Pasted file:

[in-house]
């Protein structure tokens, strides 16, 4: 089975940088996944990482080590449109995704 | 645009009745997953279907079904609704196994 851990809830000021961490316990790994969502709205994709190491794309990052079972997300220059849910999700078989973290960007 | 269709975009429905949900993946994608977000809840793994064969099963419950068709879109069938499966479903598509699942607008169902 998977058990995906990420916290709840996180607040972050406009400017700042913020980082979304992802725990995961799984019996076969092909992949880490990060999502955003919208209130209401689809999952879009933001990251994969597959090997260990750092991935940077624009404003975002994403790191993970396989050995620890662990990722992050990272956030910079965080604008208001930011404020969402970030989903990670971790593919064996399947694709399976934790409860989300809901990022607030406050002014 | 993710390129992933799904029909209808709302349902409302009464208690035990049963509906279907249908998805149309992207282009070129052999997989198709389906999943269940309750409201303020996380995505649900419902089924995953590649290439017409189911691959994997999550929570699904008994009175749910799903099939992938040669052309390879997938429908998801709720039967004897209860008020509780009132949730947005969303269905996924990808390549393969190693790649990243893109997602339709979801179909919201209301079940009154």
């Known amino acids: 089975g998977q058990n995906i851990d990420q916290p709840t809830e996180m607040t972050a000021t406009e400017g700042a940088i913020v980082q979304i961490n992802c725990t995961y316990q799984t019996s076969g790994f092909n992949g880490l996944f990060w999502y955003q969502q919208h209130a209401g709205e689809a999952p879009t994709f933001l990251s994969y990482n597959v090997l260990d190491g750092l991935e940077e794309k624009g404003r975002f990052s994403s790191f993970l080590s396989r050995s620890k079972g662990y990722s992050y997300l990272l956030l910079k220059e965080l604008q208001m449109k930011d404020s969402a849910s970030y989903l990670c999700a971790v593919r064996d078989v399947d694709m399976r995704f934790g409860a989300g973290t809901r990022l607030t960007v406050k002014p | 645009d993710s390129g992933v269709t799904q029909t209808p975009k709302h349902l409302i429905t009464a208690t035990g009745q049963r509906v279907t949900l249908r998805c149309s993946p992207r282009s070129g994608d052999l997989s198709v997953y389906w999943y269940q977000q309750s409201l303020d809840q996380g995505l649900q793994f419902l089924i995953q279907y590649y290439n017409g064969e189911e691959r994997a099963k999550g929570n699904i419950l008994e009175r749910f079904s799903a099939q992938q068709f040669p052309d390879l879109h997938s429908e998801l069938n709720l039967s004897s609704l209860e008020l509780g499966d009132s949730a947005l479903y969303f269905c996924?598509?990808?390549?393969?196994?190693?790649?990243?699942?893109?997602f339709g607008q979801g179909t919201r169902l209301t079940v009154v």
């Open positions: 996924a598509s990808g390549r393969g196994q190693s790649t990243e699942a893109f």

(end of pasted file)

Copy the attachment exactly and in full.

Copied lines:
[in-house]
């Protein structure tokens, strides 16, 4: 089975940088996944990482080590449109995704 | 645009009745997953279907079904609704196994 851990809830000021961490316990790994969502709205994709190491794309990052079972997300220059849910999700078989973290960007 | 269709975009429905949900993946994608977000809840793994064969099963419950068709879109069938499966479903598509699942607008169902 998977058990995906990420916290709840996180607040972050406009400017700042913020980082979304992802725990995961799984019996076969092909992949880490990060999502955003919208209130209401689809999952879009933001990251994969597959090997260990750092991935940077624009404003975002994403790191993970396989050995620890662990990722992050990272956030910079965080604008208001930011404020969402970030989903990670971790593919064996399947694709399976934790409860989300809901990022607030406050002014 | 993710390129992933799904029909209808709302349902409302009464208690035990049963509906279907249908998805149309992207282009070129052999997989198709389906999943269940309750409201303020996380995505649900419902089924995953590649290439017409189911691959994997999550929570699904008994009175749910799903099939992938040669052309390879997938429908998801709720039967004897209860008020509780009132949730947005969303269905996924990808390549393969190693790649990243893109997602339709979801179909919201209301079940009154």
């Known amino acids: 089975g998977q058990n995906i851990d990420q916290p709840t809830e996180m607040t972050a000021t406009e400017g700042a940088i913020v980082q979304i961490n992802c725990t995961y316990q799984t019996s076969g790994f092909n992949g880490l996944f990060w999502y955003q969502q919208h209130a209401g709205e689809a999952p879009t994709f933001l990251s994969y990482n597959v090997l260990d190491g750092l991935e940077e794309k624009g404003r975002f990052s994403s790191f993970l080590s396989r050995s620890k079972g662990y990722s992050y997300l990272l956030l910079k220059e965080l604008q208001m449109k930011d404020s969402a849910s970030y989903l990670c999700a971790v593919r064996d078989v399947d694709m399976r995704f934790g409860a989300g973290t809901r990022l607030t960007v406050k002014p | 645009d993710s390129g992933v269709t799904q029909t209808p975009k709302h349902l409302i429905t009464a208690t035990g009745q049963r509906v279907t949900l249908r998805c149309s993946p992207r282009s070129g994608d052999l997989s198709v997953y389906w999943y269940q977000q309750s409201l303020d809840q996380g995505l649900q793994f419902l089924i995953q279907y590649y290439n017409g064969e189911e691959r994997a099963k999550g929570n699904i419950l008994e009175r749910f079904s799903a099939q992938q068709f040669p052309d390879l879109h997938s429908e998801l069938n709720l039967s004897s609704l209860e008020l509780g499966d009132s949730a947005l479903y969303f269905c996924?598509?990808?390549?393969?196994?190693?790649?990243?699942?893109?997602f339709g607008q979801g179909t919201r169902l209301t079940v009154v």
């Open positions: 996924a598509s990808g390549r393969g196994q190693s790649t990243e699942a893109f």